If you are not a sight reader, I suggest putting something else “brainy” here. Maybe it’s a technical exercise, or running a new scale, maybe even new chord voicings. But keep in mind, it’s never too late to start reading.
Deep Dive (35 minutes)
The majority of my practice is spent on one specific thing that I go deep on. This is often a song I am working on. During this time, I develop ways to approach the chords and improvise over the song. This portion has a couple of main elements to it.
A very important aspect of practicing is recording and listening back. One of the hardest things to do is to hear yourself play, but on the flip side, it’s also a guaranteed way to improve. It hurts, but I promise you, recording yourself and listening back will help you improve as a guitarist and as a musician.
Variation, Exploration, and Regimentation
I give myself rules to follow, and then I record and listen back to see if I accomplished what I set out to do. I’ve found that giving myself structure to work around is a great way to force myself to actually be creative. I open new doors by having to come up with a way to work around the “rules” instead of slipping back into doing the same things I always do. Below, I walk you through what this all means. Over the following examples I’ll improvise over a C–E7–F–G progression.
Below are examples of “rules” I make for myself. I do each task a handful of times before moving on, but always stopping to listen back to the recording of myself.
Developing a Motif
In Ex. 2 I am still thinking of a melody, because melody is king, but I am using sixths as a way to develop a motif.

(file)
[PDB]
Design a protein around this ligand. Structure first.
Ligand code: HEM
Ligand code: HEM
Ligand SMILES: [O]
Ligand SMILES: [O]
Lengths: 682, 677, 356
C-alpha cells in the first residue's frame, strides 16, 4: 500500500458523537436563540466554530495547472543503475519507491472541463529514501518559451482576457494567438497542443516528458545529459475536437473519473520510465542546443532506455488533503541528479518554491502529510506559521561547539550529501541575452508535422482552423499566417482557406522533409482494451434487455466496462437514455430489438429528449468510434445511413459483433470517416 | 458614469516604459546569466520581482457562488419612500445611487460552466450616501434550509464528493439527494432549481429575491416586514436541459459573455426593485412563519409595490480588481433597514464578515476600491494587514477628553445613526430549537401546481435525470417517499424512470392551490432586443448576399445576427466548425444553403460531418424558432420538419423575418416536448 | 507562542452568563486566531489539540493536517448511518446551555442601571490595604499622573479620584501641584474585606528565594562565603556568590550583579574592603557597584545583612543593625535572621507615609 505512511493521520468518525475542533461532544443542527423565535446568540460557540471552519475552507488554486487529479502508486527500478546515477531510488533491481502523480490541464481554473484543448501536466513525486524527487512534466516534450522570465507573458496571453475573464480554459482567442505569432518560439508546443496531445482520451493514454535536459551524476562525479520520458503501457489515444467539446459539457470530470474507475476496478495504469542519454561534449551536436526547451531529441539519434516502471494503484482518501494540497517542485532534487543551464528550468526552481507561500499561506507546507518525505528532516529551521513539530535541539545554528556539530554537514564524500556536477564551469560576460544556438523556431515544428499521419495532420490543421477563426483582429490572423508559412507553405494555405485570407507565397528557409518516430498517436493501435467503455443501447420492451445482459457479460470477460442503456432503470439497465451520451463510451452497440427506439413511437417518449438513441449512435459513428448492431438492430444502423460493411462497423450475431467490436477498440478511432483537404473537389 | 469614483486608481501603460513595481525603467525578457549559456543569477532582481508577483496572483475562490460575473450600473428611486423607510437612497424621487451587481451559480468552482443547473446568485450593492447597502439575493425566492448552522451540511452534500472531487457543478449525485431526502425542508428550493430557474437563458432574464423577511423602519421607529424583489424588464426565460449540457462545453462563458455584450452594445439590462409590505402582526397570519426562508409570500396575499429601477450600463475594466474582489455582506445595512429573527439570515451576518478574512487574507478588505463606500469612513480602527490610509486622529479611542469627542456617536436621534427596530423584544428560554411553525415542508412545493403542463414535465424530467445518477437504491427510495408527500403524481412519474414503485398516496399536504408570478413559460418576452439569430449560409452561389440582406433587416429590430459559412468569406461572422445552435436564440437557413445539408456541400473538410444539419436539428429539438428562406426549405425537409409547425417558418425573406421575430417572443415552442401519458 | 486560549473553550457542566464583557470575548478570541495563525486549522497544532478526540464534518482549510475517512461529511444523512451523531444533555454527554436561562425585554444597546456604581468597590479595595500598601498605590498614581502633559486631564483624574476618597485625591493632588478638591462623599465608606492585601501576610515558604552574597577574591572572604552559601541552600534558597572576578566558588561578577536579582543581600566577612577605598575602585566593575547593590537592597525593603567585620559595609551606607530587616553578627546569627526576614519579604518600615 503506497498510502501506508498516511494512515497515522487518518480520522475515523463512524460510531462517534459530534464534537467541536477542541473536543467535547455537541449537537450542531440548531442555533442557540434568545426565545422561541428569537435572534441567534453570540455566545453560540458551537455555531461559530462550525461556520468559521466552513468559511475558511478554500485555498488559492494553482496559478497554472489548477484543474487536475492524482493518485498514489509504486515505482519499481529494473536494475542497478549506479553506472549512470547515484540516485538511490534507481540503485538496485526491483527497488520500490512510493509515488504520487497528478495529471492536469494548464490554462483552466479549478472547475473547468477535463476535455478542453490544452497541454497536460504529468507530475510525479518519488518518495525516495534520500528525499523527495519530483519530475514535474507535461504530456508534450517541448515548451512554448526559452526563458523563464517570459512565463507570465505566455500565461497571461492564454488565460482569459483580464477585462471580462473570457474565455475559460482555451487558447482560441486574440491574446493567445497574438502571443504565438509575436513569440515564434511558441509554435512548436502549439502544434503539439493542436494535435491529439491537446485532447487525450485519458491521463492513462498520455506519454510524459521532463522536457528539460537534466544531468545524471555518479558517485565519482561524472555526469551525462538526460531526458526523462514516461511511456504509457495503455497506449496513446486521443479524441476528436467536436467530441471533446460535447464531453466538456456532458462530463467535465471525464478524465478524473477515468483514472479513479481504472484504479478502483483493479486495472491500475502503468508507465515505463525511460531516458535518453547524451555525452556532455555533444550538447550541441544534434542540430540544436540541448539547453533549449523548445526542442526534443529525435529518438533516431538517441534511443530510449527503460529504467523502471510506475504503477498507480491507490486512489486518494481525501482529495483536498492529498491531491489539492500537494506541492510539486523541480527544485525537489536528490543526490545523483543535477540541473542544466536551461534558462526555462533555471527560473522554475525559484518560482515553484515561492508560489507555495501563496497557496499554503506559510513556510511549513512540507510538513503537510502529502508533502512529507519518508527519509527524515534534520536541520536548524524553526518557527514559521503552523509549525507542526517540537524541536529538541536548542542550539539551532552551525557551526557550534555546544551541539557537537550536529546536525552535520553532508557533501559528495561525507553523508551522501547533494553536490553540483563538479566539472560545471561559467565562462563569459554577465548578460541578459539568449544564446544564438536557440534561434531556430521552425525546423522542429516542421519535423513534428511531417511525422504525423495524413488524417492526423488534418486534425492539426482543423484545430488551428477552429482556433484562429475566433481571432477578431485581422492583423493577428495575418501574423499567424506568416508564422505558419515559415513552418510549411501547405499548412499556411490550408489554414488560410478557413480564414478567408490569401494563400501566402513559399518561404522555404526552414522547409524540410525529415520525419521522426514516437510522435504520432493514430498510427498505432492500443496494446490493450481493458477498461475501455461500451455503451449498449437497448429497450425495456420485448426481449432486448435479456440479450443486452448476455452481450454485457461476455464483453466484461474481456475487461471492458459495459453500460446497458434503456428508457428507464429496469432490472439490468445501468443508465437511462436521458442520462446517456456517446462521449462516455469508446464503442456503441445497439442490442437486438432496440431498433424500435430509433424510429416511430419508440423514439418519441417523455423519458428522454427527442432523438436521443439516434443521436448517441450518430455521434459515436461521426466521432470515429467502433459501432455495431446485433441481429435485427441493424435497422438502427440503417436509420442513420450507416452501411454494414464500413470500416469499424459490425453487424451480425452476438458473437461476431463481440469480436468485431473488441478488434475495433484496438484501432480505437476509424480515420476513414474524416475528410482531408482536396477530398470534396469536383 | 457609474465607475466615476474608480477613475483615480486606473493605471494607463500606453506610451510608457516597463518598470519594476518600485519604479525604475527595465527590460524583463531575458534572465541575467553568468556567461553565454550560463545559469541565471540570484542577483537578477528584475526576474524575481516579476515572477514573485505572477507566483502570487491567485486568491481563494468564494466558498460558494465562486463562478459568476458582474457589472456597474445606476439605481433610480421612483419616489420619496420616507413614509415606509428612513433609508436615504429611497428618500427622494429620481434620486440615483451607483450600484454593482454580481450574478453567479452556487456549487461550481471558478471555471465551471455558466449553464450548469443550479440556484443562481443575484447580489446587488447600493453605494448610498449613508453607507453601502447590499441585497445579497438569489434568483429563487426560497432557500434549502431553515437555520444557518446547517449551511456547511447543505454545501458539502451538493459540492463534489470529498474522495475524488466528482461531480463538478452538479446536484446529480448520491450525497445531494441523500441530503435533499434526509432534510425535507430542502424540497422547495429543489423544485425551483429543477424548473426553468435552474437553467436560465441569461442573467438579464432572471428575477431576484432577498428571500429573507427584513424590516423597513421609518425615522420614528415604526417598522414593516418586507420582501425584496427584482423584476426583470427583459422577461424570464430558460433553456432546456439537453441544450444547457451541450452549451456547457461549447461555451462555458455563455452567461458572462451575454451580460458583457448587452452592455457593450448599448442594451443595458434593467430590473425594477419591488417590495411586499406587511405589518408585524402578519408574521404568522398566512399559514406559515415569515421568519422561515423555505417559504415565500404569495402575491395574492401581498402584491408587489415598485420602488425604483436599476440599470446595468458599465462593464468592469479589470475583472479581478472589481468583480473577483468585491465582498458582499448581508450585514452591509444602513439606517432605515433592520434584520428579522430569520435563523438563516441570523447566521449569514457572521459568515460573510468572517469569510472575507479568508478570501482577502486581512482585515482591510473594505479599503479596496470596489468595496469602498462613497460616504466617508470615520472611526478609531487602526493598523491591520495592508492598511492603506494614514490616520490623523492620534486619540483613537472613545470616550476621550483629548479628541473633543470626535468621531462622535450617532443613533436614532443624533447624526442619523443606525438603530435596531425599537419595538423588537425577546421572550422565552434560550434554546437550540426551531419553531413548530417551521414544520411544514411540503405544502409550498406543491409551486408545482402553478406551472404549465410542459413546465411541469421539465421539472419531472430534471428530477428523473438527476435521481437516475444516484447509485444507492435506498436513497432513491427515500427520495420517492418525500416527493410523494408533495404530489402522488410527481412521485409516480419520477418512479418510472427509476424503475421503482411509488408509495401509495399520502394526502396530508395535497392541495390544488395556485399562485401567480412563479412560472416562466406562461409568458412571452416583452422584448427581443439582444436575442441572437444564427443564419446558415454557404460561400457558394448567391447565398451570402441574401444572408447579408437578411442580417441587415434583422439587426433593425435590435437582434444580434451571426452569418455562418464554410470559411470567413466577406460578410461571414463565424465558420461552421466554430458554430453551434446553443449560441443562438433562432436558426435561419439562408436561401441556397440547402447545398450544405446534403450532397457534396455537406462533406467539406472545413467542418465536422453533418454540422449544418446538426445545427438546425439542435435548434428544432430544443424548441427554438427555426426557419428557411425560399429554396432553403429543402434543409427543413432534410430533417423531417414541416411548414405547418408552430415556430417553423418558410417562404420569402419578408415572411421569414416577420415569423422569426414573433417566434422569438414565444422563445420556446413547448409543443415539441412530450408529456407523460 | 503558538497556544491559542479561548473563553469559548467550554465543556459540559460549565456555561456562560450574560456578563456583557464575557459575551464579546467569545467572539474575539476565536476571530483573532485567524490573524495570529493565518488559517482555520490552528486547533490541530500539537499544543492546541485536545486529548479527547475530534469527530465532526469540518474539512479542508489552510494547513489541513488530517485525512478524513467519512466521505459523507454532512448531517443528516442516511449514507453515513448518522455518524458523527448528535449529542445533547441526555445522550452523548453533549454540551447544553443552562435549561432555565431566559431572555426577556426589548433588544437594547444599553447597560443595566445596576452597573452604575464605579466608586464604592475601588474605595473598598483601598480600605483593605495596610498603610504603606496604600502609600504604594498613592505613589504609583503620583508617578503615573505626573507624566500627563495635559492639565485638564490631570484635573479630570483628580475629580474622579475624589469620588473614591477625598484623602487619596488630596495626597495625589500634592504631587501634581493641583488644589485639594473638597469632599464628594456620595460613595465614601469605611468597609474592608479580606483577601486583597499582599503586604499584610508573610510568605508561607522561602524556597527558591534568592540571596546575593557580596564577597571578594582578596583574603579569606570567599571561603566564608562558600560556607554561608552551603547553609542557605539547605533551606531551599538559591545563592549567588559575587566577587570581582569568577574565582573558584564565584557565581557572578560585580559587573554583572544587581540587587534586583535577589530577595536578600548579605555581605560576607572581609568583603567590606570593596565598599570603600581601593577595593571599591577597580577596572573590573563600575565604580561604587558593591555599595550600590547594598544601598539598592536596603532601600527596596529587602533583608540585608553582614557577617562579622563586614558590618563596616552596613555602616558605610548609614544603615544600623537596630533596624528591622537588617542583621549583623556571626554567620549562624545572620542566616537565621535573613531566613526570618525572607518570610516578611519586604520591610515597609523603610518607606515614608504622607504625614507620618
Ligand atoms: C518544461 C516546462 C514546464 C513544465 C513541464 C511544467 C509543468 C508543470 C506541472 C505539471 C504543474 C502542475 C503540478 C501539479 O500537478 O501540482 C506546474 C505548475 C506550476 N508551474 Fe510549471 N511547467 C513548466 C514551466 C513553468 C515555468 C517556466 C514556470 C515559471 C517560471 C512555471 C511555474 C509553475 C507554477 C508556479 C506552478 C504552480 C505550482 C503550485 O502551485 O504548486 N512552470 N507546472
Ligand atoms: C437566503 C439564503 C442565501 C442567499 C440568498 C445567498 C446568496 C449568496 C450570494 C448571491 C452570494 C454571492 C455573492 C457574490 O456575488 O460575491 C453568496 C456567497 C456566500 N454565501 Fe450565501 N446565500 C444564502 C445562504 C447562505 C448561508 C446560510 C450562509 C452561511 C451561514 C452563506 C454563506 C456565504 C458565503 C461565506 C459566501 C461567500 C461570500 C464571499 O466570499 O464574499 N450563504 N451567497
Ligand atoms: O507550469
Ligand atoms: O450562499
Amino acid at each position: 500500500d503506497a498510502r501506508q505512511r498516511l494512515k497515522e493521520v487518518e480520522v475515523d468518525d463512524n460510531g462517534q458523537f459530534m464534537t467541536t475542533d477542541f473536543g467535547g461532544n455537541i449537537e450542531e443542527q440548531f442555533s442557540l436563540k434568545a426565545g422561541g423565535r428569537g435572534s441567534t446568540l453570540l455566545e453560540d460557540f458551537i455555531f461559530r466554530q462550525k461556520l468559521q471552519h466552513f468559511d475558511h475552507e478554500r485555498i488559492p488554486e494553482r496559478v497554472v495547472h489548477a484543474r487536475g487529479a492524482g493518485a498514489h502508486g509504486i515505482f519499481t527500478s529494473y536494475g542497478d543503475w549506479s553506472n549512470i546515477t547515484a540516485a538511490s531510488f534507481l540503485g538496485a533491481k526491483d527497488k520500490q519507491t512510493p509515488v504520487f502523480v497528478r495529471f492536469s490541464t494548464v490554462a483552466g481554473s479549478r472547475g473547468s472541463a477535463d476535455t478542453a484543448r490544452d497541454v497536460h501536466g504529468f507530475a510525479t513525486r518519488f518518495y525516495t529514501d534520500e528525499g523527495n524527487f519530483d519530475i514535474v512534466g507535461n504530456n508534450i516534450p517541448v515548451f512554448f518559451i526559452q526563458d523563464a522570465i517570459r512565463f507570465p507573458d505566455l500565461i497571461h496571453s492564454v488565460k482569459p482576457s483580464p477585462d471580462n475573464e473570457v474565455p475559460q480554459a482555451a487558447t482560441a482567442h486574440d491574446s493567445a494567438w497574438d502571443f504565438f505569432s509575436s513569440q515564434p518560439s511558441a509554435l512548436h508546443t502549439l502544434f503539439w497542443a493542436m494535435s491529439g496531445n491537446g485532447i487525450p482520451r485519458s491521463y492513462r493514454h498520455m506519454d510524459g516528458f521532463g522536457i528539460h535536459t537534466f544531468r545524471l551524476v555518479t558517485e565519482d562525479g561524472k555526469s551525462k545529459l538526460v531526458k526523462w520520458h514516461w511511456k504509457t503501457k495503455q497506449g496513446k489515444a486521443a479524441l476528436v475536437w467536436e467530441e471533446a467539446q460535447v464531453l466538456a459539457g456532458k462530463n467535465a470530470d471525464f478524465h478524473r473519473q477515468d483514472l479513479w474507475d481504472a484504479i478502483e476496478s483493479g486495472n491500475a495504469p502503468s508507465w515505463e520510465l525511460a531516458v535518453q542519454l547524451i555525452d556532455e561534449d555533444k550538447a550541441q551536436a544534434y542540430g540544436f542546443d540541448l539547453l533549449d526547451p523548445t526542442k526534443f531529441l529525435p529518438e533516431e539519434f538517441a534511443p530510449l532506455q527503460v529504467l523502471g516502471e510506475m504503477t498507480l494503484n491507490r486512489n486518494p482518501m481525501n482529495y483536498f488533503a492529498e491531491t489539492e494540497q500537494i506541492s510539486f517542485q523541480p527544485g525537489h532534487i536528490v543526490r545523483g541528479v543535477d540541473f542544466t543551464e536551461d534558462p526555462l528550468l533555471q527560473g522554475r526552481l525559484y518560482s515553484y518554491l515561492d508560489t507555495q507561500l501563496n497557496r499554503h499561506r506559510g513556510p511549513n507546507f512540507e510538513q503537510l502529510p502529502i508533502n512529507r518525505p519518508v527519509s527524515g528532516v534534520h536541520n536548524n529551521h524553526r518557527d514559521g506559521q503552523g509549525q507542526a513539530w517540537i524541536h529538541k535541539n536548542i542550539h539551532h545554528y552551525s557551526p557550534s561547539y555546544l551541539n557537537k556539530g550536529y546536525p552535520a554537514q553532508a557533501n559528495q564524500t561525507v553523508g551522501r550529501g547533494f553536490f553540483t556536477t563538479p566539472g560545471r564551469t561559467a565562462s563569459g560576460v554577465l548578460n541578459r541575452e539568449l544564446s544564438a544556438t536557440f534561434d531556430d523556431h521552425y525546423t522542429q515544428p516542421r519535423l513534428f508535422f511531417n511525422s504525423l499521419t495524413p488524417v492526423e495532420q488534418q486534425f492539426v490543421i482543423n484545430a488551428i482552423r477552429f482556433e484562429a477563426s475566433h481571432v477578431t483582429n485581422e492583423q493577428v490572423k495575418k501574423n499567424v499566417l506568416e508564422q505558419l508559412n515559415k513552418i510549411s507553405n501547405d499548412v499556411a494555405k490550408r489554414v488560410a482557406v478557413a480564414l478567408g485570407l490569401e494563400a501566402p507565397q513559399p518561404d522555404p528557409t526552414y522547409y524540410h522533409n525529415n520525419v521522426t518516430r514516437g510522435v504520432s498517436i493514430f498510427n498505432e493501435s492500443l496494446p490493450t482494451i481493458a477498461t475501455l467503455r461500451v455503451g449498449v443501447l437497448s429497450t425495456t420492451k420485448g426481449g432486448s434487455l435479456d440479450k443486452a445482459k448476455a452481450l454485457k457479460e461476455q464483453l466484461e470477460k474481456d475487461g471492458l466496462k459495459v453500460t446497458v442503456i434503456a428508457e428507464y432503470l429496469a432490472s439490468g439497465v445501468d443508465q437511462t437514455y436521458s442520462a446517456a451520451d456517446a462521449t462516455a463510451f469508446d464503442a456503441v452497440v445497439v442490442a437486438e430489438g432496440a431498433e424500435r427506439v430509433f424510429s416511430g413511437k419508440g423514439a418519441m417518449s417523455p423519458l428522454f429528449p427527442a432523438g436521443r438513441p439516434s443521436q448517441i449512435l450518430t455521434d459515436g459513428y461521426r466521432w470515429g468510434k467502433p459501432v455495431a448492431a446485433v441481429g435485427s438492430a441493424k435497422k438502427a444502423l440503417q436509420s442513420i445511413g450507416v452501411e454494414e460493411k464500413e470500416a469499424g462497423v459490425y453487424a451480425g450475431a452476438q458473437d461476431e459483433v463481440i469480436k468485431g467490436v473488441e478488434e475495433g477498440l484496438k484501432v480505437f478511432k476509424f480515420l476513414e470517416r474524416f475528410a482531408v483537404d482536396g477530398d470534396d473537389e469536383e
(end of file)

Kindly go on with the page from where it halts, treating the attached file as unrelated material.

I am developing a rhythmic and melodic motif in Ex. 3. While the rhythmic motif repeats, I’m keeping an E melody note central to the theme.
Play Melodies, Don’t Play Licks
In Ex. 4 I’m simply thinking of melodies. I don’t think about playing cool scales or sounds, but rather just let my instrument sing. Sometimes I think of a beautiful melody and try to emulate that in my playing. This helps put me in the right zone, so I don’t play like a guitarist, but rather as a composer.
Focus on One Range
We all do it. We have our comfort zones and avoid certain areas of the guitar. This is a good time to work on those less cozy areas of our instruments. In Ex. 5 I am playing only below the 5th fret on the bottom three strings.
There are countless rules. Make up your own and see what new doors open for you!
Putting It All Together (10 minutes)
After playing through the progression with rules, I then play without rules to see what comes out. I find that I am most free during this part of my practice. After going through so many tasks, I have more control over what I do. This allows me to play what I hear, not just licks.
Notice in Ex. 6 that the things I worked on come out in my playing: various ranges, 6ths, and melodies.
Have fun. And wash your hands.